An acceptable concept is that the acute coronary syndrome (ACS) is related to erosion or rupture of vulnerable plaques leading to intracoronary thrombosis as a result of the activation of the coagulation cascade and platelet aggregation. Clinical trials and animal models suggest an inflammatory etiology in ACS. This concept is supported by evidence showing that a reduction in serum inflammatory marker levels significantly decreased coronary events in patients with ACS. Statins can lower the circulating levels of inflammatory markers and rapidly improve endothelial function with a concurrent decrease in vascular events. This may explain the accumulating evidence indicating that statins, like aspirin, should be given intensively and early in patients with ACS. Long-term statin therapy will also decrease subsequent coronary events. Our recent findings show that simvastatin induced significant reductions in C-reactive protein (CRP) levels and endothelin-1 (ET-1) on day 14. A rapid reduction in CRP could even be achieved within 24 h following a single, high dose of simvastatin (80 mg) which also positively influenced short-term clinical outcomes. In addition, our in vitro data demonstrated that simvastatin could significantly inhibit the release of interleukin-6 (IL-6) in cultured blood monocytes induced by CRP as well as lipopolysaccharide (LPS) in dose-dependent manner. We also showed that fluvastatin significantly inhibited the induction of tumor necrosis factor-α (TNF-α), and activation of nuclear factor-kappa B (NF-kB) in cultured human vascular endothelial cells stimulated by CRP. These findings provide an insight into the antiinflammatory and anti-atherosclerotic actions of statins. Based on available evidence and in the light of the understanding that statins have potential pleiotropic effects, especially as anti-inflammatory agents, early, intensive and long-term statin therapy has become accepted in patients with ACS.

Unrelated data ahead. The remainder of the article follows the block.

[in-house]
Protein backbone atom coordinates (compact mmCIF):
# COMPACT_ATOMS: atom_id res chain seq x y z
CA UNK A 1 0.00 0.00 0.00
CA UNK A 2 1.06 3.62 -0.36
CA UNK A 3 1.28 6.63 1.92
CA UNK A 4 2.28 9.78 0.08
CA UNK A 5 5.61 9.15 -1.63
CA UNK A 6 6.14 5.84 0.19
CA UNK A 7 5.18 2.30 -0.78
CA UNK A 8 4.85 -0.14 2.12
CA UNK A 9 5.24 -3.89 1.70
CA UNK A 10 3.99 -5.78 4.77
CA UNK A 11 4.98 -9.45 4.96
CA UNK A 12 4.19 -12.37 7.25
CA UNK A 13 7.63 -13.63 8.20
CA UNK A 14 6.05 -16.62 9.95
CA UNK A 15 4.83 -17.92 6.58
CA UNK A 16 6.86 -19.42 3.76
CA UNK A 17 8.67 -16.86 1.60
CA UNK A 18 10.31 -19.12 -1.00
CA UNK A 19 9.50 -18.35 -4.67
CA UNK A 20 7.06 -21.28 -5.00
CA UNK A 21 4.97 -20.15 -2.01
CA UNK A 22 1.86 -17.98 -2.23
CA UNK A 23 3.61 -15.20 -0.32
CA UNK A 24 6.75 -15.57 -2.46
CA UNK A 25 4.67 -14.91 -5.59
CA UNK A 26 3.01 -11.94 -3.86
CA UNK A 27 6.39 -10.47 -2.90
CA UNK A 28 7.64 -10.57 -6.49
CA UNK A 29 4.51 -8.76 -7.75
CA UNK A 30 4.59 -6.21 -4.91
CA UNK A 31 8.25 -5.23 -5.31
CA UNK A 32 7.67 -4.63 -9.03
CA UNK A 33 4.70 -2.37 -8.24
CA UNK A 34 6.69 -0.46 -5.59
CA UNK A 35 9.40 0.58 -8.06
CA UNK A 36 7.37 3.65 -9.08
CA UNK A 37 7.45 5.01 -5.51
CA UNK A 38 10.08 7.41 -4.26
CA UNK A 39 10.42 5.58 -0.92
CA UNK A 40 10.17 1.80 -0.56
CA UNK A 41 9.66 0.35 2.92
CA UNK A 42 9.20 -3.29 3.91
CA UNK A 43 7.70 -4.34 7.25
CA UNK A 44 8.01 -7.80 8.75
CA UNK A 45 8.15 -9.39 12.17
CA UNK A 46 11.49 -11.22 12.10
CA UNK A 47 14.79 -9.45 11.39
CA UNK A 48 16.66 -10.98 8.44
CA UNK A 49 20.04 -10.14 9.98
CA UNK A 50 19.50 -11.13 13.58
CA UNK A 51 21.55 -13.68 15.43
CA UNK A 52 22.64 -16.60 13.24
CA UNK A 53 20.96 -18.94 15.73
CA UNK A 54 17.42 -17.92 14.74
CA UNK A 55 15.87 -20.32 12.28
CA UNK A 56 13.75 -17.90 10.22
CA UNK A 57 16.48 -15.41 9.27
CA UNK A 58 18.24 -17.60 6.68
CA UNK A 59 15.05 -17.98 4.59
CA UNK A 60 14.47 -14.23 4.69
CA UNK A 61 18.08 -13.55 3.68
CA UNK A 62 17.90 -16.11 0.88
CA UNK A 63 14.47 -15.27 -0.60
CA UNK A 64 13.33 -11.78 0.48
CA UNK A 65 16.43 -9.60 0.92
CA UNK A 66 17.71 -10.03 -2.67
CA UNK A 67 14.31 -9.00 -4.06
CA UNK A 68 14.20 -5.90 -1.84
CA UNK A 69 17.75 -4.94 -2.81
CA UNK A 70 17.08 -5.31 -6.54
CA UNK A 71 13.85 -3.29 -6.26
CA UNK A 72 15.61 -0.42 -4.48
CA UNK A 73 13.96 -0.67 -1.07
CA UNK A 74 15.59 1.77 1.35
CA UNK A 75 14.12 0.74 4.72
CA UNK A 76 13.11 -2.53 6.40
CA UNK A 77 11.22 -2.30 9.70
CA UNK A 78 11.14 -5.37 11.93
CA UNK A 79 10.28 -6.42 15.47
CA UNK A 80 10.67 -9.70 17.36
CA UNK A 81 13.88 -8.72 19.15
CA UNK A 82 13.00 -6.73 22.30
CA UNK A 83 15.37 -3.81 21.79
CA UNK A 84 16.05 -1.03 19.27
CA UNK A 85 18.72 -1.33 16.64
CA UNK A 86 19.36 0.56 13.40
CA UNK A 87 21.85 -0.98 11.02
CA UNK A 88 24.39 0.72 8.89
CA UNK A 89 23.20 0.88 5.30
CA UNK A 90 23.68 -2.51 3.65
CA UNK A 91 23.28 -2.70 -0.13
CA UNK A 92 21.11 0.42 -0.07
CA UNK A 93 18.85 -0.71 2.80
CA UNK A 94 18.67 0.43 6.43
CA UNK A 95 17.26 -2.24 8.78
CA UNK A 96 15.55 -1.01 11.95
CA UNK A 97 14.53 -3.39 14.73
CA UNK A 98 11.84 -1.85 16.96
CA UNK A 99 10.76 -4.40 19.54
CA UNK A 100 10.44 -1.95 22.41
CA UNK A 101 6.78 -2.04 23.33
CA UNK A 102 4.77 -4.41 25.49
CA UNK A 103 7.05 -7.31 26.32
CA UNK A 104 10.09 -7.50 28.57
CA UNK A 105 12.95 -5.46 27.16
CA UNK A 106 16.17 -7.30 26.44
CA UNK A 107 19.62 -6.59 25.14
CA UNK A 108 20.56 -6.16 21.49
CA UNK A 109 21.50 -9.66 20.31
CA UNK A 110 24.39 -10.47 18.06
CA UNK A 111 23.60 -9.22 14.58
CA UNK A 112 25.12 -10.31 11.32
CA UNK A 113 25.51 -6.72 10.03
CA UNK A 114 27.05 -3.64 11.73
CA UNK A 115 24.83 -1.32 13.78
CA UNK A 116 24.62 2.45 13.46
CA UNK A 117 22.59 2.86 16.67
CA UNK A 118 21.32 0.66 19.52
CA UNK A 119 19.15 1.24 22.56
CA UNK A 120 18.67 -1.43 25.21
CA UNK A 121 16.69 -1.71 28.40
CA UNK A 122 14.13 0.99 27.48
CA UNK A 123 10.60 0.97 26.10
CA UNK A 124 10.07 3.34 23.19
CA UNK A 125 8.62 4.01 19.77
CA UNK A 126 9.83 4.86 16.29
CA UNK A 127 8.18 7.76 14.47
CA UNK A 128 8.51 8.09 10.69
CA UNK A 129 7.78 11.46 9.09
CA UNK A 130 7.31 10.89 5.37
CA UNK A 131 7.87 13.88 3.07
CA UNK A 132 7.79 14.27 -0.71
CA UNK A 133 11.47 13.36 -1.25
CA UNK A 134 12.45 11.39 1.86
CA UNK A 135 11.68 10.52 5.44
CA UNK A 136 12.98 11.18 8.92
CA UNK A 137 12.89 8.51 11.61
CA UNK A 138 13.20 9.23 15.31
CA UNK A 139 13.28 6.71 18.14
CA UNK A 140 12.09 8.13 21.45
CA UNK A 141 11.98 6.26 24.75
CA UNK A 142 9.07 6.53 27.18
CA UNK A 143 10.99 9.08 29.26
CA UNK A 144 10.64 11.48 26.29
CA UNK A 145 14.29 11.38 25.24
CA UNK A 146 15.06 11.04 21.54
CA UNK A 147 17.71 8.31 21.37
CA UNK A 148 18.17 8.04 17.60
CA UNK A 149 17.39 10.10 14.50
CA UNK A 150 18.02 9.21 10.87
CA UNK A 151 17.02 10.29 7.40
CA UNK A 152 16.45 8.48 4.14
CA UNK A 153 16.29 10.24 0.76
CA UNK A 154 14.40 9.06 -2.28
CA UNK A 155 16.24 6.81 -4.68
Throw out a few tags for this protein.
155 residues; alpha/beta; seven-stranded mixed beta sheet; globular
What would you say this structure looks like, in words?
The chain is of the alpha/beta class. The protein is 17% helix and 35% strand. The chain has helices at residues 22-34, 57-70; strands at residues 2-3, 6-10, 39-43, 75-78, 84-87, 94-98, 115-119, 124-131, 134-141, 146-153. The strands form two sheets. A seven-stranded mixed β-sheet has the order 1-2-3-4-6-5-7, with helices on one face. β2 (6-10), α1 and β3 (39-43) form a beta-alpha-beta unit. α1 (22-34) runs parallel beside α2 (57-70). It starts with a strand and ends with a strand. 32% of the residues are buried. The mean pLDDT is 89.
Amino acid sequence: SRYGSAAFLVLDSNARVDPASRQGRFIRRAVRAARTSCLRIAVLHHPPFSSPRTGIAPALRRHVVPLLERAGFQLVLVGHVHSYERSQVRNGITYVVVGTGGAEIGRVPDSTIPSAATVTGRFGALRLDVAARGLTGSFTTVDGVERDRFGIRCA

Keywords: coronary heart disease (chd), thrombogenesis, vulnerable plaque, c-reactive protein (crp), lipopolysaccharide (lps), tumor necrosis factor, thrombolysis
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